How to Supplement Medicare Coverage for Long-Term Care Needs

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This week we are happy to host guest blogger Hazel Bridges, who is the creator of AgingWellness.org, a website that aims to provide health and wellness resources for aging seniors. She’s a breast cancer survivor, as is Betsy. Hazel challenges herself to live life to the fullest and inspire others to do so as well. Welcome, Hazel!

Medicare is an excellent resource for seniors over the age of 65 in America. This federal insurance program helps cover the costs of healthcare that tend to increase in old age. Medicare covers the costs of hospitalization, outpatient procedures, doctor’s appointments, and preventative costs. Seniors can also invest in additional Medicare plans that help cover things like prescription drugs and other costs.

Medicare is invaluable for many seniors, but it provides little coverage when it comes to assisted living or nursing home care. Seniors end up needing an average of 904 days of long-term care. There is over a 65 percent chance that a senior citizen will become physically or cognitively impaired within their lifetime. One out of three senior citizens will enter a nursing home. The average annual cost of a nursing home in the United States runs around $76,680. These costs have to be covered either by the senior themselves or their family. Some people end up spending their entire life’s savings on the care they need in the last few years of their life.

When it comes to covering costs, you can relieve a lot of the burden off your family by planning ahead of time. While not every senior ends up needing long-term care, having the funds ready and waiting can provide a sense of security when it comes to worst-case scenarios. Knowing all your options can help you save and prepare for these expenses responsibly.

Selling Life Insurance Policies

Many people buy life insurance policies when they have kids as a way to protect their family in the case of their death. When they reach their senior years, a lot of life insurance holders decide to sell their policy as a way to free up funds they can use for retirement. Selling a life insurance policy is also a great way to access funds for long-term care. If you are over 65 or have a serious illness, you are generally eligible for selling a life insurance policy. However, policy values should be at least $100,000 before they are qualified for a cash payout.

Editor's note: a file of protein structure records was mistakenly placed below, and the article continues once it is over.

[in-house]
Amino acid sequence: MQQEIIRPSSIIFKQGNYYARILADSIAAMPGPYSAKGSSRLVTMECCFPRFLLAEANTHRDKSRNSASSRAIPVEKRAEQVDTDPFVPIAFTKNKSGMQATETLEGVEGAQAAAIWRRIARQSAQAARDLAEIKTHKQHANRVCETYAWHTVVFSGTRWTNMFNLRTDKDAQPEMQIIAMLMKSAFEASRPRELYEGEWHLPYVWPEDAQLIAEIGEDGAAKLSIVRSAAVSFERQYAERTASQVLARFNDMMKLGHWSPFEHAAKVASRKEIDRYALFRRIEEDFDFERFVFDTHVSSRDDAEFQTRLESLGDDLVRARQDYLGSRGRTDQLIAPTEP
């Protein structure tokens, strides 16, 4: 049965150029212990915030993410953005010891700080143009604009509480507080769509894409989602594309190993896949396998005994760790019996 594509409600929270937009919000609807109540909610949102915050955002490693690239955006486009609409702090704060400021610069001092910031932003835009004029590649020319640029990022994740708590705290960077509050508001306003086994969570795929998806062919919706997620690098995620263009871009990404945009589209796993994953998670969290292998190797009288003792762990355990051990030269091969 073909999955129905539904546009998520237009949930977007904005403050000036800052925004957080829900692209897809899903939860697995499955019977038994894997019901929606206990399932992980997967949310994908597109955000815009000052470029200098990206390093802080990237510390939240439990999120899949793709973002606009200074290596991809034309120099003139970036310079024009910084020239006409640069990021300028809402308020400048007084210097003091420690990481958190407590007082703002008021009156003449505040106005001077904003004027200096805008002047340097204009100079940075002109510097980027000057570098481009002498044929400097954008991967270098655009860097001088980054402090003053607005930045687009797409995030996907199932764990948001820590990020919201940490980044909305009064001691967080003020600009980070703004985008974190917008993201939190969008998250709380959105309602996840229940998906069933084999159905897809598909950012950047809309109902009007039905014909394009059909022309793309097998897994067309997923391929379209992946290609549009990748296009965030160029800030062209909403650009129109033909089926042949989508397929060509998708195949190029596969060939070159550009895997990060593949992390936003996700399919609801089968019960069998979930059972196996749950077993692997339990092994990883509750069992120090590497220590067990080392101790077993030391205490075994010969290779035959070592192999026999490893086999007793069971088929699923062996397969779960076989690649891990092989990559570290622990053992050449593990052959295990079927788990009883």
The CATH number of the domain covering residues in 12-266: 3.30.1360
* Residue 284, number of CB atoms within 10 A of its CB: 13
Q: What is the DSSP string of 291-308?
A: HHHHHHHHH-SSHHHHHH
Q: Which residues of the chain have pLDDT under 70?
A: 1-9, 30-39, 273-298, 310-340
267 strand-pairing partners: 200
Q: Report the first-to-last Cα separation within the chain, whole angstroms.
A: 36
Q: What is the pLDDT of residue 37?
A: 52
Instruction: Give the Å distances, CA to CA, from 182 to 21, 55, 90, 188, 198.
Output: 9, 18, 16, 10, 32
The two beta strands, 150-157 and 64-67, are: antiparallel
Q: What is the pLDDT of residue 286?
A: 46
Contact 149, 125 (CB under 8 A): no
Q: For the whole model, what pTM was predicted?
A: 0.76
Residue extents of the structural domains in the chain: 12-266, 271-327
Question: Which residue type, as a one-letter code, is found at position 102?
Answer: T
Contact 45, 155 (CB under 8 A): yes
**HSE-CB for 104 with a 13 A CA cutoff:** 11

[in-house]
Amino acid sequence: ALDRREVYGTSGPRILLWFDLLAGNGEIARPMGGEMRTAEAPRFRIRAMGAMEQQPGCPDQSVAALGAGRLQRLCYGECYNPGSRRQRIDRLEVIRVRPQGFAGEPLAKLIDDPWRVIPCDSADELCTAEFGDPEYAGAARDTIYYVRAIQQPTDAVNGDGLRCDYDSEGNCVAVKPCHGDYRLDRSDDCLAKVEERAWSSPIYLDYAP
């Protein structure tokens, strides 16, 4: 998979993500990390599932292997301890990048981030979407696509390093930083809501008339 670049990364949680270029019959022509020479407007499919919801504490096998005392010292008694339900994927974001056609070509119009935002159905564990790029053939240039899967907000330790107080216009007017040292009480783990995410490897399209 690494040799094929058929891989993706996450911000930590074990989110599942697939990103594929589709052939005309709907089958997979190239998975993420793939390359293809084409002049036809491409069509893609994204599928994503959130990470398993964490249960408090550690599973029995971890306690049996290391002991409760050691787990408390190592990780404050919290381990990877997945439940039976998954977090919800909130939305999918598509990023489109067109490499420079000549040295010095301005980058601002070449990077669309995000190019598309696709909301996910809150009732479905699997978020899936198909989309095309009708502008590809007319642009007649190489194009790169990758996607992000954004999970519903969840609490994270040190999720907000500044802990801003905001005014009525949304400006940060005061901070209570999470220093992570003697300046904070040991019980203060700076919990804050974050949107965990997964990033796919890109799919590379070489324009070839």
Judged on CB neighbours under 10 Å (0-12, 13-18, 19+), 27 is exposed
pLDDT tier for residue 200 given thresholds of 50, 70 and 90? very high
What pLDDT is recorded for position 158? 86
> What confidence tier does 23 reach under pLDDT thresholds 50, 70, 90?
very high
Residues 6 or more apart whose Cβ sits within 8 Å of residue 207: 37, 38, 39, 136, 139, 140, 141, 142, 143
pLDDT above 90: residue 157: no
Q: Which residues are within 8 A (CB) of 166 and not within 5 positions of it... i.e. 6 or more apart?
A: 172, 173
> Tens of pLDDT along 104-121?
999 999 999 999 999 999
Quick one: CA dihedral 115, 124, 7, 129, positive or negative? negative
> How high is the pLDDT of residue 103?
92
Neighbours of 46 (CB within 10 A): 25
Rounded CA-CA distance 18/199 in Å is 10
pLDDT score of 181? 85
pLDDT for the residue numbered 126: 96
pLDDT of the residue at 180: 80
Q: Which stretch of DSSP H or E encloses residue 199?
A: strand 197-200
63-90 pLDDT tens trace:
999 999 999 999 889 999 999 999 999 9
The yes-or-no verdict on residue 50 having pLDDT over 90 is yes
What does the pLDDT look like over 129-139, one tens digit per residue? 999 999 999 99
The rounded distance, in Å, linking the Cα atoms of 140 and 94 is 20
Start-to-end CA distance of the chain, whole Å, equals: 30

Reverse Mortgages

If you own property, taking out a reverse mortgage can leverage that ownership for quick access to cash. Getting a reverse mortgage means you will be borrowing against the equity in your home. The payout can be received as a lump sum, a monthly allowance, or a line of credit. Reverse mortgages are not the best option for everybody — it really depends on the circumstances of the person borrowing. However, in certain situations, borrowing against the value of a house can end up leaving money for your family after you are gone.

Downsizing Lifestyles

In cases where you own property but a reverse mortgage is not a smart financial decision, selling the house and downsizing to a more manageable living situation can help free up a lot of cash for long-term care. Not only does downsizing have a plethora of financial benefits, but living with less can make you happier and relieve stress. If you downsize and get rid of belongings to fit into a smaller place, you are also giving your family members the gift of less stuff to sift through after your passing. Can you really put a price on that?

Medicare is a federal insurance program that helps Americans over the age of 65 pay for the increased costs of medical care. While Medicare is an invaluable resource that saves lives, it doesn’t cover everything. For instance, a lot of the expenses associated with long-term care have to be paid out-of-pocket. Planning for these costs can relieve a large burden off your family’s shoulders. Consider funding your long-term care with tactics such as selling a life insurance policy, getting a reverse mortgage, or downsizing to free up cash.

 

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